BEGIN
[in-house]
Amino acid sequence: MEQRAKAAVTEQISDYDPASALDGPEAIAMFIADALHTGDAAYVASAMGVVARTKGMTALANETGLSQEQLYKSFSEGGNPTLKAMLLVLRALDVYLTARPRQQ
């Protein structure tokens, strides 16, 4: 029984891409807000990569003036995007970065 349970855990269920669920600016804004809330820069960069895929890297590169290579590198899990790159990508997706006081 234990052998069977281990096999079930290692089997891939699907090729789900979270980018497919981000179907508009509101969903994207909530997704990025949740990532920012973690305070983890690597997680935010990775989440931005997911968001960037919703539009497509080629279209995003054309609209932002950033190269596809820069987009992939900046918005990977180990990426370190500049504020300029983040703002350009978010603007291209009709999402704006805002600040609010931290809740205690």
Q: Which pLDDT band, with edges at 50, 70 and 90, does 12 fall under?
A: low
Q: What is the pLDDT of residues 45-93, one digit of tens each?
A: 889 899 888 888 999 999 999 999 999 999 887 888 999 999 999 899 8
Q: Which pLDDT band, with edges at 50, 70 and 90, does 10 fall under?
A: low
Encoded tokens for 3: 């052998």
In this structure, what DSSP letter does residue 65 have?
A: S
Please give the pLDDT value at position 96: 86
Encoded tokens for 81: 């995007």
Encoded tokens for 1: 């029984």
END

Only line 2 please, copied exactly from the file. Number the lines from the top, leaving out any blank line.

Amino acid sequence: MEQRAKAAVTEQISDYDPASALDGPEAIAMFIADALHTGDAAYVASAMGVVARTKGMTALANETGLSQEQLYKSFSEGGNPTLKAMLLVLRALDVYLTARPRQQ